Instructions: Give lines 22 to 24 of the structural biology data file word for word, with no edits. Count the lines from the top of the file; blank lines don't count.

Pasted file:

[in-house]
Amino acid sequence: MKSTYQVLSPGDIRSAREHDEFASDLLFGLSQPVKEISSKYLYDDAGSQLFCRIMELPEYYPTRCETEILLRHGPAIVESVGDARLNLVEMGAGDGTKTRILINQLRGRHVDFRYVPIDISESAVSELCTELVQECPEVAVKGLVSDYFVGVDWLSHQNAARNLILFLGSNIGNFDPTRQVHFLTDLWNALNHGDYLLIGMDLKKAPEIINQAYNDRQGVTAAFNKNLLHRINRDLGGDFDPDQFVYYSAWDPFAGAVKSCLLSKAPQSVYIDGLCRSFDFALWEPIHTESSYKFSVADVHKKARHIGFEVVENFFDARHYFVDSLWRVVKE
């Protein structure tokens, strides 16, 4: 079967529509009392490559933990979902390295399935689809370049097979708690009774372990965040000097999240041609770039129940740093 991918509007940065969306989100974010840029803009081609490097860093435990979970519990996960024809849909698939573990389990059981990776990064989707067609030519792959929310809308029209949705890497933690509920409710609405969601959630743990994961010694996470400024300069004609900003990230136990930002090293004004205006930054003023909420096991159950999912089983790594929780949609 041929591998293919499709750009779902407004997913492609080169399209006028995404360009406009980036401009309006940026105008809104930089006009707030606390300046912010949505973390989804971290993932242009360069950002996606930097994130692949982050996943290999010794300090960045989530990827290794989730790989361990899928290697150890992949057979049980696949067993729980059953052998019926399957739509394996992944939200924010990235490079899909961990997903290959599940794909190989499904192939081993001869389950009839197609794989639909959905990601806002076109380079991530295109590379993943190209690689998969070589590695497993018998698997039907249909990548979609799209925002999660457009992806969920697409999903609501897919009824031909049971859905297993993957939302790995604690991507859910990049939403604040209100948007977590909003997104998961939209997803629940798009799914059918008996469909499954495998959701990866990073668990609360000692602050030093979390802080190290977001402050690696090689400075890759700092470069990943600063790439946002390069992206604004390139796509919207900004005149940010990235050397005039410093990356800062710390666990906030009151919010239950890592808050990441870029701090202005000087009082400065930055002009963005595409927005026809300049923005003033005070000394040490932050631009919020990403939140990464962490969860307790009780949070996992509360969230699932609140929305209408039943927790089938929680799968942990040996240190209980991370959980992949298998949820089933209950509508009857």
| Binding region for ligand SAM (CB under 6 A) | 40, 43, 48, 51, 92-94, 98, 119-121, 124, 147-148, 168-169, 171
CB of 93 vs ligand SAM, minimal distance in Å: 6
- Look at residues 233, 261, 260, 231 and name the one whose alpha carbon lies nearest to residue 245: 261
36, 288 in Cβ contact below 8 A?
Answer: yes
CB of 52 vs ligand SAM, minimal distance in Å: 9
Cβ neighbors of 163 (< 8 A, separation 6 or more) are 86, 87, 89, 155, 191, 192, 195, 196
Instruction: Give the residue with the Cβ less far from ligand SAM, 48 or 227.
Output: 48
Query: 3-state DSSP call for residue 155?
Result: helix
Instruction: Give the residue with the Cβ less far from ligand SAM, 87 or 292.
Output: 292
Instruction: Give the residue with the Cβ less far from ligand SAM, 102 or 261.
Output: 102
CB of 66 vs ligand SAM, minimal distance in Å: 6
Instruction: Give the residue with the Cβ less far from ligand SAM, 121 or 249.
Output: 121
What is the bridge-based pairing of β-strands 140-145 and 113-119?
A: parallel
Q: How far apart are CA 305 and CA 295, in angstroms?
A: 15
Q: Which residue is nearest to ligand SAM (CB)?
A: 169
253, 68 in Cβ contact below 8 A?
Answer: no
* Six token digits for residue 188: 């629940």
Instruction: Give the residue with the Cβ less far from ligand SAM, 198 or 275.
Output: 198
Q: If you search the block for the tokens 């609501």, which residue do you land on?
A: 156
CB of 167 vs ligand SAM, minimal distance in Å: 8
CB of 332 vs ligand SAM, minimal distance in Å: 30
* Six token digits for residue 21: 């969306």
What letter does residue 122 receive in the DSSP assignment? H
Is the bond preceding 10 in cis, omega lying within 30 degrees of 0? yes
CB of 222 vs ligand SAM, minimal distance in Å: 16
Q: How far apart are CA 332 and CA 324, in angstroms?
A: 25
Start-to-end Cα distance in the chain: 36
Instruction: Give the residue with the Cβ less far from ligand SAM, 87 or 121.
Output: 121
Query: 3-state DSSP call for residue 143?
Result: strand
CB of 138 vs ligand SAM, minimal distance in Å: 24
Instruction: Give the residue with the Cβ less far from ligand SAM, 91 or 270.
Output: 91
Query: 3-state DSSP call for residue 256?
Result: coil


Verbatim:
What is the bridge-based pairing of β-strands 140-145 and 113-119?
A: parallel
Q: How far apart are CA 305 and CA 295, in angstroms?